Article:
“In the 1940s and early ‘50s the cost of musicians started going up so that the era of the big bands was over,” Strata, then 75, told the Free Press in 1964. “And, too, the taste of young people has changed so drastically that they just want rock ‘n’ roll and won’t support a big ballroom anymore."
With the decline of big band, the Vanity ran into problems and closed in 1958 from a lack of business. It would later reopen in February 1964, opening once a week or so, mainly for older people looking to relive the swing era. Admission was $1.25.
While Strata still owned the building, the dances were run by the city's Department of Parks and Recreation as part of the mayor's Departmental Council on Aging. In addition to the occasional dance, the Vanity mainly housed church and civic club events. The reception was modest: The city had hoped for 250 tickets to be sold to the dances, but barely half that would show.
Strata died the following year, and LeRoy B. McAnally – who was the legal guardian for Strata's widow – tried his hand at running the Vanity for a few years. While McAnally has danced at the Vanity in his younger years, he had little desire for the business, keeping it open, "frankly, because we felt it would help sell the building," he told the Detroit Free Press in June 1975.
It so happened that ballroom dancing enjoyed a renewed interest in the mid-1970s, mostly among middle-aged folks who used to dance in their youths.
"You can only read so much, you can only watch the boob tube so much, then you have to do something to relieve the boredom," Sam Leeds told the Free Press in 1975. He and his wife, Helen, were among those who came to relive their youth by dancing under the red and blue lights on the Vanity's dance floor.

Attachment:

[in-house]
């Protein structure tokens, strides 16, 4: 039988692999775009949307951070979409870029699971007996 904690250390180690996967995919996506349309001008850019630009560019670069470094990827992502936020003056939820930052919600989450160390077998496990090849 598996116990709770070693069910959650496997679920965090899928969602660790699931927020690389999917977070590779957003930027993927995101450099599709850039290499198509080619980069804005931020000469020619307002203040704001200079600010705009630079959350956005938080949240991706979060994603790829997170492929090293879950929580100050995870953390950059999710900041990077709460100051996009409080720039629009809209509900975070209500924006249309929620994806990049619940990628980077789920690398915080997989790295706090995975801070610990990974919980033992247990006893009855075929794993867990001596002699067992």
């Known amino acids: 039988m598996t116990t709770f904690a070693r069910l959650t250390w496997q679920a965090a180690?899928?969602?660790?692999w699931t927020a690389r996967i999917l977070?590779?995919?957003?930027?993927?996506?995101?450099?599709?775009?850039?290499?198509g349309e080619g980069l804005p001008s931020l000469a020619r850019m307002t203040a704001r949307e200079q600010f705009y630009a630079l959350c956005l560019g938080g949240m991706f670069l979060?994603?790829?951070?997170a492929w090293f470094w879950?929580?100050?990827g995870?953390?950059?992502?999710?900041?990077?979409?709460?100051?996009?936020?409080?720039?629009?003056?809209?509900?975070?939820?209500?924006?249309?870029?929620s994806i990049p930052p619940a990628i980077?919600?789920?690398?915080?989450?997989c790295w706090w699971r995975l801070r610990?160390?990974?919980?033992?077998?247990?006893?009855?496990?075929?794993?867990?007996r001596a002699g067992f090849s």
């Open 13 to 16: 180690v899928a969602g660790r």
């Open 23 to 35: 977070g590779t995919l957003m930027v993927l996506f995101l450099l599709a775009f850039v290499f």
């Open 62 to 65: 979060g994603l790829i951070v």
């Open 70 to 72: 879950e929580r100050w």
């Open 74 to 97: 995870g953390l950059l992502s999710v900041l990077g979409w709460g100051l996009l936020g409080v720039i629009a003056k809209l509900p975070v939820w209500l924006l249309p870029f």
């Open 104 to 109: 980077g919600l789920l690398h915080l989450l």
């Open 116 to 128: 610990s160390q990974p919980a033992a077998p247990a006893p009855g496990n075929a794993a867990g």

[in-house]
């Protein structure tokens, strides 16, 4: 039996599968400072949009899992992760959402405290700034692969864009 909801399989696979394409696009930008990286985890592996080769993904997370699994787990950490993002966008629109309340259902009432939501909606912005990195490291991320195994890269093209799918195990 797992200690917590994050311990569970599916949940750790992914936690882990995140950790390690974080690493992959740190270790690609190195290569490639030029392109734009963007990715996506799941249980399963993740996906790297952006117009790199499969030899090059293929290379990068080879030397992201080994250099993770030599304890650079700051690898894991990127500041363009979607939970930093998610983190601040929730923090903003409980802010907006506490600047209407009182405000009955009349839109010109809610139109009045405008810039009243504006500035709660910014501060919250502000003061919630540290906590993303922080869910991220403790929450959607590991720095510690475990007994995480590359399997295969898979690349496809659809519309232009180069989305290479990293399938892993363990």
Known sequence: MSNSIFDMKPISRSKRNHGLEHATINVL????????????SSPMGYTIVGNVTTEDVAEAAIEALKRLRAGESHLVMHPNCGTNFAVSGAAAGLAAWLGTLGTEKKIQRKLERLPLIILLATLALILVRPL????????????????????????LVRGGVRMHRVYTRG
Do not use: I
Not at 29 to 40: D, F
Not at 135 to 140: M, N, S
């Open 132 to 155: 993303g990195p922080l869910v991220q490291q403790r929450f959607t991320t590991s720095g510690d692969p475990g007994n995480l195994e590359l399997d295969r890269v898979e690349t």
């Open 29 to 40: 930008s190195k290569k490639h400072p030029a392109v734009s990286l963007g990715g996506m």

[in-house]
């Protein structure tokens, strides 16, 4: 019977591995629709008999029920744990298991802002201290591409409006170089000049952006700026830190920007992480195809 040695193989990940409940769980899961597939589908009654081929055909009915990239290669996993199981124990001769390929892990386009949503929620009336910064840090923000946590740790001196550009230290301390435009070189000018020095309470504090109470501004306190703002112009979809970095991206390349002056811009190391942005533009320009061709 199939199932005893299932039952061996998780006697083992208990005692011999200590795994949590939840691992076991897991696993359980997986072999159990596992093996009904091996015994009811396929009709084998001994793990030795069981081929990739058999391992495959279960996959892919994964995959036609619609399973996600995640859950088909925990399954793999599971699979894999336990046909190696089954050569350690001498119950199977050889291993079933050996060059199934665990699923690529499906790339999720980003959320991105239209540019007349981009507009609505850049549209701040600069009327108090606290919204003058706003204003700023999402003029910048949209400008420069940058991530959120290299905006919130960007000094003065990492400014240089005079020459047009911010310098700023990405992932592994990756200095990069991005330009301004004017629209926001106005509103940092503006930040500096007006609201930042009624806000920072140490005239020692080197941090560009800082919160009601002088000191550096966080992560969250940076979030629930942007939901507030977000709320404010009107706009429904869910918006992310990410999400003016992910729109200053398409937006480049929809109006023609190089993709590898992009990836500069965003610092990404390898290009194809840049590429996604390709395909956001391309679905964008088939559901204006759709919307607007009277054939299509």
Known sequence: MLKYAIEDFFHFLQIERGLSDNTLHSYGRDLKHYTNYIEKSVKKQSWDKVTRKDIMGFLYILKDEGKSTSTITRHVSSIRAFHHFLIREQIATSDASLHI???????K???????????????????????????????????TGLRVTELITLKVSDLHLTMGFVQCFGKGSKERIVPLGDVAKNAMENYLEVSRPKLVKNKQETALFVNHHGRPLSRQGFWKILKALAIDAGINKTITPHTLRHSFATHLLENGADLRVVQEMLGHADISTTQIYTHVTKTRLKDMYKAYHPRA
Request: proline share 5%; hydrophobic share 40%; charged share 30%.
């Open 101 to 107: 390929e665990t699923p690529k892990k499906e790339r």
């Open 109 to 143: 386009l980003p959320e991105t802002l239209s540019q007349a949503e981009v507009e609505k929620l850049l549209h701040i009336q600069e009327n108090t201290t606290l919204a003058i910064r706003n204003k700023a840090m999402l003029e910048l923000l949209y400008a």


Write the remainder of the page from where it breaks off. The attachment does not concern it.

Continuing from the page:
While the crowds paled in comparison to its glory days, the Vanity joined YMCAs and other venues in offering occasional dances. But if the decline in dancing wasn't enough of a challenge, the neighborhood around the Vanity started going downhill fast around the same time. Guards had to walk visitors to their cars – a surefire turnoff for business.
The building was sold to the Van Mineff Corp., a small group of investors, in 1971. It was in this incarnation that it would play host to Detroit acts such as the MC5, The Stooges, Ted Nugent and the Amboy Dukes and others that also frequented the Grande. The Velvet Underground was booked to play the Vanity on June 18, 1971, and again Sept. 3. Yet, much like its sister the Grande (which closed in 1972), the Vanity could not survive the decline of garage rock and the decline of Detroit post-1967 riot. The deterioration of the Jefferson-Chalmers area knocked out all of the storefronts' tenants in the 1970s.
In 1980, twin brothers Ronald and Donald Murphy bought the Vanity from Van Mineff for $200,000. The twins were tour guides at Greenfield Village, a museum in nearby Dearborn, and loved history and classic architecture. The Murphys and Demick had a mutual interest in "gluing Detroit back together," the Free Press wrote in January 1980, and found their chance when they snuck into the abandoned Vanity through a wide-open door. What they saw shocked them: Busted windows and battered concrete, vagrants had taken roost, and the dance floor once filled with dancing couples was now littered with broken bottles and trash.
"I just thought it was so beautiful. It was just a shambles," Demick told the News in 1980. "The city was planning to tear it down, but we wanted to save it."
The brothers set off on one of the more ambitious restoration projects in the city's history. They found that Agree was still alive, then 82 and living in Southfield, Mich., a nearby suburb of Detroit. They contacted him and consulted photos to "make sure the restored Vanity Ballroom is just like the original."
They envisioned jazz, disco, parties – and even a return to ballroom dancing. There was talk in the fall of 1980 of opening in one of the Vanity's storefronts a Graystone Jazz Museum, named after a hallowed jazz venue in Detroit's Midtown neighborhood from the 1920s to the 1940s.